In todayâ€™s economy, itâ€™s hard enough to find a job fresh out of college or even mid-career.Â Itâ€™s even harder for those over the age of 50.Â According to AARP, individuals over 50 spend almost twice as long unemployed than those under 50.
Thanks to the folks at MainStreet.com, we found these 5 tips for finding a job over the age of 50.
- Play your age up, not down. Thereâ€™s no hiding your age in an interview, so make it an asset. But instead of focusing on the number, highlight what comes with it: your experience and reliability. Career counselor Vernon Bailey, interviewed in the video, adds, â€śYounger people might not have that experience, and youâ€™re demonstrating you can do it, because youâ€™ve already done it.â€ť
- Â Learn the tech. If anyone thinks youâ€™re â€śbehind the timesâ€ť or â€śout of touch,â€ť prove them wrong. If 81-year-old media mogul @RupertMurdoch can learn to use Twitter, so can you. Behind on industry-specific skills and software? Brush up with some courses or teach yourself. AARP WorkSearch, one of the resources we mentioned in 4 Places for Free Job Training, has an education and training section to help decide whatâ€™s right for you and where you can get it.
- Settle for less â€“ at first. Go easy on salary negotiations and aim for performance-based bonuses rather than a higher base pay. Bailey says, â€śConsider what theyâ€™re offering with the caveat to renegotiate after six months,â€ť once youâ€™ve proven you deserve more. Focus on getting your foot in the door. If you sense that the employer is wavering because of money, explain youâ€™re flexible and just want to prove yourself â€“ and that theyâ€™ll spend less time and money training you than someone younger. If youâ€™re looking to change fields, you might even consider an internship â€“ theyâ€™re not just for college kids anymore. According to this Public Radio International story, more than half of companies would consider hiring older workers, but only about 7% say they get over-50 applicants.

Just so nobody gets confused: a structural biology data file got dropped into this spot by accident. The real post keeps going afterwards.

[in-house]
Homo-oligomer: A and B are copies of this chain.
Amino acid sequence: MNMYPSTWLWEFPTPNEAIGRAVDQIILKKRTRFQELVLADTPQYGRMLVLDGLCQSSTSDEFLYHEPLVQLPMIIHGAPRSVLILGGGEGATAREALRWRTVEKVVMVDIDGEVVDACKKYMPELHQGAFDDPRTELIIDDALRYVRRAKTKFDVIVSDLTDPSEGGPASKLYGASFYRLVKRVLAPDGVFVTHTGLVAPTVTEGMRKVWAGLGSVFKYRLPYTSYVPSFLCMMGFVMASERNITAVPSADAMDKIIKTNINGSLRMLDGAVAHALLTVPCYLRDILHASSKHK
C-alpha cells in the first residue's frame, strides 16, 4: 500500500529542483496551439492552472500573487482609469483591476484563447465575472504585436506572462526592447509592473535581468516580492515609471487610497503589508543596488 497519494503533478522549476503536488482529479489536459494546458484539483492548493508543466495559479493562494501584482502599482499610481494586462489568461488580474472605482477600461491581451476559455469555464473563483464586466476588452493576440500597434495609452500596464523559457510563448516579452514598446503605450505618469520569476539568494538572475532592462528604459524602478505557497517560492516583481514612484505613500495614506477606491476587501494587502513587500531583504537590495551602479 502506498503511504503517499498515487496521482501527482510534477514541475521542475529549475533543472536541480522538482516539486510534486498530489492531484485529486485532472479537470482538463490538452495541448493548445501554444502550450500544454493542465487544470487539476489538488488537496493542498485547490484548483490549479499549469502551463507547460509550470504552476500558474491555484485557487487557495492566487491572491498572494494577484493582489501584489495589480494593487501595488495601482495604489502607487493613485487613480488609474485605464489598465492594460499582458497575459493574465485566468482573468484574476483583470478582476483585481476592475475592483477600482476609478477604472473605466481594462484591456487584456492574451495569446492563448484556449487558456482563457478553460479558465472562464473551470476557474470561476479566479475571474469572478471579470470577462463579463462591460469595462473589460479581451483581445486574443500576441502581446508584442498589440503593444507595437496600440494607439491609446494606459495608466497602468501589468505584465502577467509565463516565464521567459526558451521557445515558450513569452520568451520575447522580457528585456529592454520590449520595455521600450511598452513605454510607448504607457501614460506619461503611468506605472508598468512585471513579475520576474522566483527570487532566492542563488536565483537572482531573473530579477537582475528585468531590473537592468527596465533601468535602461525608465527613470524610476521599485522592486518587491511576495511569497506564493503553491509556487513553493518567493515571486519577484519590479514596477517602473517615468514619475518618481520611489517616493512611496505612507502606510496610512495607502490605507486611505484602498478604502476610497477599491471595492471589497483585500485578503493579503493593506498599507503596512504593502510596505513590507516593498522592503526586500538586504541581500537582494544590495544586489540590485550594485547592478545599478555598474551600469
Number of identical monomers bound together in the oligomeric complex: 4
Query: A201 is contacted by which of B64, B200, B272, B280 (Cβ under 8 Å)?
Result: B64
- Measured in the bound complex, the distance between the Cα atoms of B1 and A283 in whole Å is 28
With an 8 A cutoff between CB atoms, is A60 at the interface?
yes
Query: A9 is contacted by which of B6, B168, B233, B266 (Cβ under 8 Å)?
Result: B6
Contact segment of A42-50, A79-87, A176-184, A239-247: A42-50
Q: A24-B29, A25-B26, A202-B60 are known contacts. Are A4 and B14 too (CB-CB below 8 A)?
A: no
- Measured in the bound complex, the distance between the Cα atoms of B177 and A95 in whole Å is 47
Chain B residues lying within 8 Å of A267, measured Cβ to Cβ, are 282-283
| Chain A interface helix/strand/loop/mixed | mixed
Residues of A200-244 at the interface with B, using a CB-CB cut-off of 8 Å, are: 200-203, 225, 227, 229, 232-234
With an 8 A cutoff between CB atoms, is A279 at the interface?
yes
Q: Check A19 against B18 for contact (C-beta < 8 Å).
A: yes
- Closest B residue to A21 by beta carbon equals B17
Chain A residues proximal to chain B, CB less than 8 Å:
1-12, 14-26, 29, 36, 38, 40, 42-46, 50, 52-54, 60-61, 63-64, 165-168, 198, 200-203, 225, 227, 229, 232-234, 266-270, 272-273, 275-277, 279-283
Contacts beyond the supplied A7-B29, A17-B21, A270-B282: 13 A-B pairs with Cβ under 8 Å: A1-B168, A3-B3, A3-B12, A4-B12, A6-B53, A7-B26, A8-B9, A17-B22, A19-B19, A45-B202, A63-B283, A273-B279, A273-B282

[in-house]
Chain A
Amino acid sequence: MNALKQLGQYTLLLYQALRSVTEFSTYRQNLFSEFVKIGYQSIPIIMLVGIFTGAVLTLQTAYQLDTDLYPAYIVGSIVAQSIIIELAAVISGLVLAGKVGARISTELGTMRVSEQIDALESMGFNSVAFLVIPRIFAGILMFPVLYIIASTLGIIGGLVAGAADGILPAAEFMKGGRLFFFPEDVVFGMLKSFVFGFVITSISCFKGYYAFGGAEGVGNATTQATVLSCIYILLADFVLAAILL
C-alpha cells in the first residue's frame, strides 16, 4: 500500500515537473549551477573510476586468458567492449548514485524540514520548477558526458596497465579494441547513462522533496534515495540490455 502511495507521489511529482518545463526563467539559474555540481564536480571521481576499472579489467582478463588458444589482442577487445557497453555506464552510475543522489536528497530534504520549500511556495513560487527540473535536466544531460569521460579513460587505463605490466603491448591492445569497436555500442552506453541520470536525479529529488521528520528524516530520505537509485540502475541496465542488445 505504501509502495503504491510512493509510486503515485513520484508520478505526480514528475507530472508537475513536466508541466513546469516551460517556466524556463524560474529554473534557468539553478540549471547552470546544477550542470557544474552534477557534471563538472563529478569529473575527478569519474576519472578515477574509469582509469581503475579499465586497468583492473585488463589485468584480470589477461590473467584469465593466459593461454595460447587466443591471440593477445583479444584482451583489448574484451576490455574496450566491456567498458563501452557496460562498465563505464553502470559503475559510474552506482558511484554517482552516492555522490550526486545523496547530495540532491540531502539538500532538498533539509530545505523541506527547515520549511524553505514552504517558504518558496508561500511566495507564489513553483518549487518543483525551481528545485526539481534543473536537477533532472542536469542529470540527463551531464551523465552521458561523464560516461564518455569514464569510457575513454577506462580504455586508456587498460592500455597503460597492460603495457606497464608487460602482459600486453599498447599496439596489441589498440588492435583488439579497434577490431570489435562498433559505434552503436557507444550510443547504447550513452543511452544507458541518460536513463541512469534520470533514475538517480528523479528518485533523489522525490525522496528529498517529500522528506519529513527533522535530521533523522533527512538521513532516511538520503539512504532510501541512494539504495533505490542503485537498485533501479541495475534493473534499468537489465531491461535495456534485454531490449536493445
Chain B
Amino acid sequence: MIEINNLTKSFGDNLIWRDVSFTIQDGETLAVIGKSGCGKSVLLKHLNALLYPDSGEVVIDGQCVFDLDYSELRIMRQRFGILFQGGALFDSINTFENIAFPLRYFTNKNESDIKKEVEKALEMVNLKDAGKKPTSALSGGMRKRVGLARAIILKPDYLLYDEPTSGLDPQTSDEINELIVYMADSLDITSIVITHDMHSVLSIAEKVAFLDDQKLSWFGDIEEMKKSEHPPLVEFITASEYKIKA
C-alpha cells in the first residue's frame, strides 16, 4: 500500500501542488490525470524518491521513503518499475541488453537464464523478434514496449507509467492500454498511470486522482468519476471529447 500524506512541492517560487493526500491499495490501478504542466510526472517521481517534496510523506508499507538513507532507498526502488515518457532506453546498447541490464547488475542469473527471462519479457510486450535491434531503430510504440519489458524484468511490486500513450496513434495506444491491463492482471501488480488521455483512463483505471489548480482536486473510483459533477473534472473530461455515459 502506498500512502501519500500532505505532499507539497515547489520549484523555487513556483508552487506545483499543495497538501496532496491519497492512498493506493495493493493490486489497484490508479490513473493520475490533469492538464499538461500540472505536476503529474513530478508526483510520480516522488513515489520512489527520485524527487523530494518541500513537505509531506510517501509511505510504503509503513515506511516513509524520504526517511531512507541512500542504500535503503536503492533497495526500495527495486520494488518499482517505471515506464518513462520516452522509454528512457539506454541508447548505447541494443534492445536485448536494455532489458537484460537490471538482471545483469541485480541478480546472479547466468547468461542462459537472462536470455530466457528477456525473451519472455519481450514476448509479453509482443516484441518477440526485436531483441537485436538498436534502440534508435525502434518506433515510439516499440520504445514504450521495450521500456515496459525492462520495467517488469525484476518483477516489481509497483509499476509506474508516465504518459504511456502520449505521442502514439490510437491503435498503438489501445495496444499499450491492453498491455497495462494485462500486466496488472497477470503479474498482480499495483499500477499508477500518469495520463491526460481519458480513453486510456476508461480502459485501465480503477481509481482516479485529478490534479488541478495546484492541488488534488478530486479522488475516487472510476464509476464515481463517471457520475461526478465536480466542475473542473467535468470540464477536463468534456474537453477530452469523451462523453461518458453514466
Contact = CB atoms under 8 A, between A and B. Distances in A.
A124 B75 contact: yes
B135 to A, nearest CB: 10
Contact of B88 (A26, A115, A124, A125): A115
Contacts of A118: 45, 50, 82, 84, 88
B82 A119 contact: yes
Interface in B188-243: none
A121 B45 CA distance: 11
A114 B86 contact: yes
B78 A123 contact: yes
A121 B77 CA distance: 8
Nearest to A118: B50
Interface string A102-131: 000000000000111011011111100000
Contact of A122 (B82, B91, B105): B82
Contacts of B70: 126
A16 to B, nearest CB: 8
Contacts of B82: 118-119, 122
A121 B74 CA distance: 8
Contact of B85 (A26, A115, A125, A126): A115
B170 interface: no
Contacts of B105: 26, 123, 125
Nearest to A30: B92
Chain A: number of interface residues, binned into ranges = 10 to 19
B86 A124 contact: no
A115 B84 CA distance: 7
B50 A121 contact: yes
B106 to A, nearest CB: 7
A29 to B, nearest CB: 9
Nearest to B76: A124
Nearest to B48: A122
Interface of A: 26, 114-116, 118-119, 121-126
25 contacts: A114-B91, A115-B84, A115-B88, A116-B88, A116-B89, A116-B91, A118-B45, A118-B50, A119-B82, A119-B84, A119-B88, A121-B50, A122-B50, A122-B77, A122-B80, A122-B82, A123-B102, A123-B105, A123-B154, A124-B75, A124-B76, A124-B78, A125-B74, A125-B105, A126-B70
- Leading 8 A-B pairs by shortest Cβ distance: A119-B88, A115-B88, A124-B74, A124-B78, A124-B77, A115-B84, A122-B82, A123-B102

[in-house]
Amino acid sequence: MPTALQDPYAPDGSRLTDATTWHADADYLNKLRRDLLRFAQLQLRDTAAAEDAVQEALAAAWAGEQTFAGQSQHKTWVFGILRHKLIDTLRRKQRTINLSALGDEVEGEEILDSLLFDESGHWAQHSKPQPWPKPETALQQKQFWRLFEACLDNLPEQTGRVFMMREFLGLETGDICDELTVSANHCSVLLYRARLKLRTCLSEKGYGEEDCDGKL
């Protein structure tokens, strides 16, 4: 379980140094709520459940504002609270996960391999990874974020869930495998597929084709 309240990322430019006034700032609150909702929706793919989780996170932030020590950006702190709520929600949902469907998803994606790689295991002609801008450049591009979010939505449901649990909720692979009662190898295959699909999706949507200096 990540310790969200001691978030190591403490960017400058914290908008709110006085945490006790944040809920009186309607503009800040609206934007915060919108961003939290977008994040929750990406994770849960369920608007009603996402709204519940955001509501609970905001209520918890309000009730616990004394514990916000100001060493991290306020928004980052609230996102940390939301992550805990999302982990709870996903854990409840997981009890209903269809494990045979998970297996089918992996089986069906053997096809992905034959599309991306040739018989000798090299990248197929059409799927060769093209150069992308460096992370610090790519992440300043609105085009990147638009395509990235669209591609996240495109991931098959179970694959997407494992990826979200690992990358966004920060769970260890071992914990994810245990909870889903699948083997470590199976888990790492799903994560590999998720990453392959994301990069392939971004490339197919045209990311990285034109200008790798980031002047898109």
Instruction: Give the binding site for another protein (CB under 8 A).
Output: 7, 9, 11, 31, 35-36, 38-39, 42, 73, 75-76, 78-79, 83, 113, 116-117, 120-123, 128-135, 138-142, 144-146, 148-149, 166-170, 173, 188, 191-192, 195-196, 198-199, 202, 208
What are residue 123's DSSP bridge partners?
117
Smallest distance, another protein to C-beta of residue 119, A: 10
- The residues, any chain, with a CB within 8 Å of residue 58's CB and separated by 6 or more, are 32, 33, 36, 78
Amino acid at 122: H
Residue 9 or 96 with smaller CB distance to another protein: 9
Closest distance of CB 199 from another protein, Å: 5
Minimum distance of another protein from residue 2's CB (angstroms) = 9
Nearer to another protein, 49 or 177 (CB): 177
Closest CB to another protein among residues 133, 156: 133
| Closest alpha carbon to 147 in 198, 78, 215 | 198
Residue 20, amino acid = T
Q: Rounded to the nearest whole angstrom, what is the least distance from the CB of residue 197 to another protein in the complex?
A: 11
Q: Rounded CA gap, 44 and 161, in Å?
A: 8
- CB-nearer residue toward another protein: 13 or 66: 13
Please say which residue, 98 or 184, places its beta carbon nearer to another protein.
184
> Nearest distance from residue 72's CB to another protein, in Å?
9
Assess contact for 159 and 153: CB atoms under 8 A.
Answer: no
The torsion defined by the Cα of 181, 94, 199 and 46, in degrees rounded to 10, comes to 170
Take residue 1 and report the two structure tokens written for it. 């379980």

- Prove youâ€™re a good fit. Any decent job candidate has to show they can adapt to the culture and be a team player. For older workers, this might mean persuading a younger boss youâ€™re not out for his job. Ever worked for a start-up or some other company with a younger culture? Mentioning that might help. If not, make it clear in the interview youâ€™re not there to challenge authority â€“ and donâ€™t imply that you can teach junior a lot of life lessons.
- Update and trim your resume. Hereâ€™s the AARPâ€™s resume advice, which includes some samples in different styles. But however you choose to organize your work history, donâ€™t include it all â€“ only go back 10 to 15 years. No matter how much experience you have, employers probably wonâ€™t skim through more than two pages. The exception is if they specifically ask for a full run-down â€” like in academia, where you probably need a curriculum vitae. Also be careful with your language. Some terms and phrases that were common and accepted the last time you had to look for work may have become cliche. Try looking at the resume of a younger professional (but not a new college gradâ€™s, because theyâ€™re terrible) for guidance.
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Photo Credit: MainStreet.com